Assembly Architects’ challenge was was to design a modern family house that still felt and looked like a ‘bach’ for the clients – city professionals with young children – whose extended family had baches in the existing settlement. The flat grassy site is in a recent subdivision in an established seaside community in Hawkes Bay. It fronts a grassy reserve dotted with mature cabbage trees, edged by a stream, with dramatic seacliffs beyond that extend to the east coast beach.
The site is subject to constant sea breezes and intense summer heat, so the goal was to position the house to maximise views and amenity, minimise the impact of the wind and provide options to escape the summer sun. The clients wanted an ‘open door’ feel to the house for the locals while maintaining privacy to the bedrooms. The remote location further challenged Assembly to devise a construction of primarily simple carpentry to minimise the journeys of tradespeople, equipment and materials. At the time of designing, the sites were vacant. Assembly’s solution was to create public and private wings connected by a service link containing laundry, toilet, and bathroom with adjacent outside shower and fish bench. The private wing contains a bunk room which sleeps 8, a guest room with space for a cot, and the clients bedroom which has a tiny yet private ensuite with shower, basin and toilet. The public wing fronts the reserve and contains an open plan living room, kitchen and dining area and a separate tv den. The lounge features a corner window seat, built in joinery and a fireplace with insitu concrete hearth and the dining area connects to external decks each side – with the reserve side deck protected by a folded canopy wall to defend against sun and wind.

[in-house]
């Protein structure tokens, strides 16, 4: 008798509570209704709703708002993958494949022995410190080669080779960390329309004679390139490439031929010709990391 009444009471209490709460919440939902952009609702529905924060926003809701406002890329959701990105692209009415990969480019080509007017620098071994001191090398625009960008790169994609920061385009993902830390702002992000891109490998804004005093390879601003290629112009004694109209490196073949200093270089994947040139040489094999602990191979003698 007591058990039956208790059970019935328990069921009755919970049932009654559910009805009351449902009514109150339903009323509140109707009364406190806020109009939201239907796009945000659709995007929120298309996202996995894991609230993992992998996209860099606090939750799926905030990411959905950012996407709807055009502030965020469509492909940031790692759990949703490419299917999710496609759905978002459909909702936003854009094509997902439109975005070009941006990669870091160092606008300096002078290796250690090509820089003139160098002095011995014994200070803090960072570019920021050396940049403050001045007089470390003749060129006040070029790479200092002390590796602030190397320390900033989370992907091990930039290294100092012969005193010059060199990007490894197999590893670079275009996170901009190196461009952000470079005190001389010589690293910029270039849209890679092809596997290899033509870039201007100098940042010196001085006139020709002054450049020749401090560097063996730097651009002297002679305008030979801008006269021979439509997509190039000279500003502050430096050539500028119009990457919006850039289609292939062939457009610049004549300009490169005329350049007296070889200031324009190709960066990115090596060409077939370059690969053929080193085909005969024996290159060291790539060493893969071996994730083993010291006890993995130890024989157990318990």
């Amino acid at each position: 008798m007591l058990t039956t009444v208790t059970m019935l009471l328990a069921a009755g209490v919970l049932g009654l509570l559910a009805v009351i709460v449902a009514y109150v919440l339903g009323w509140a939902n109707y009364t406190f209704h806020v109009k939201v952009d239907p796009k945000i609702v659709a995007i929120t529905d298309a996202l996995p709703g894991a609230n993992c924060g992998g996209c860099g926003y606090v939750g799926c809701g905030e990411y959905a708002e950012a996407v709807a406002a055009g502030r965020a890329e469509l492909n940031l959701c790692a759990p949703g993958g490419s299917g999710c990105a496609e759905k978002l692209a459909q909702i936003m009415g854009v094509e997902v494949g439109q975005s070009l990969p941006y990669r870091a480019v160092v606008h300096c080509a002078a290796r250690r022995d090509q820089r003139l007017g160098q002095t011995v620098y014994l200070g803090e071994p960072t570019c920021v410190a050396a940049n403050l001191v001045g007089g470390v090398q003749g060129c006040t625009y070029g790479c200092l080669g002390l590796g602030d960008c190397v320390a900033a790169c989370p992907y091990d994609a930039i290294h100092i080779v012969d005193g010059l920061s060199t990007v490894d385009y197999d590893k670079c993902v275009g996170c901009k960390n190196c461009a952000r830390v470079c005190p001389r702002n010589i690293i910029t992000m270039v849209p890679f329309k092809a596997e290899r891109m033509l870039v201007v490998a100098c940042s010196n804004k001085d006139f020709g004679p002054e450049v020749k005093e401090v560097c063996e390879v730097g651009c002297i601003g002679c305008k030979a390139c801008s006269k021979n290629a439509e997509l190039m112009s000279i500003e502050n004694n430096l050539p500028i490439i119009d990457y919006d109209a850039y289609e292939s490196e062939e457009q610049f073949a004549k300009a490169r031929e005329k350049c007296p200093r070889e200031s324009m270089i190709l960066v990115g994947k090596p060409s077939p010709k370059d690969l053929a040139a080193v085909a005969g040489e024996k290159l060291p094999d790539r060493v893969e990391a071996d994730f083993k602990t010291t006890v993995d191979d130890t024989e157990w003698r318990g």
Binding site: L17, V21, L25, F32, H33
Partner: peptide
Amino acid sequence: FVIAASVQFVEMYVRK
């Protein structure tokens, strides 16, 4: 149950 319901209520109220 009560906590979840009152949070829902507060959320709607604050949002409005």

The judges citation for the NZIA 2011 GISBORNE HAWKES BAY ARCHITECTURE AWARD reads: The house stands out on arrival as the most interesting built form in the vicinity. The crisp twin boxes are carefully placed on the site and maximise the views while taking the elements into account. The living spaces open up fully to a large expanse of decking which relates to the views but at the same time provides some privacy from the neighbouring sections. Together, the materials chosen are an excellent selection for the location, and ease of construction was achieved through the Architects very comprehensive set of three dimensional drawings. The wings are wedge forms in both plan and section. This allow the the bunk room and lounge to occupy the larger areas, and provide drama in the articulation of the vertical window box and slot window. The wedge forms are clad in locally sourced Macrocarpa boards which have now silvered off, and contrast with the white mini-orb soffit and the painted metal flashings. The clients contributed to the interior design with refurbished industrial light fittings, Orla Kiely fabrics and bold colours for all interior doors.
The home is also featured in the book “Big House, Small House“.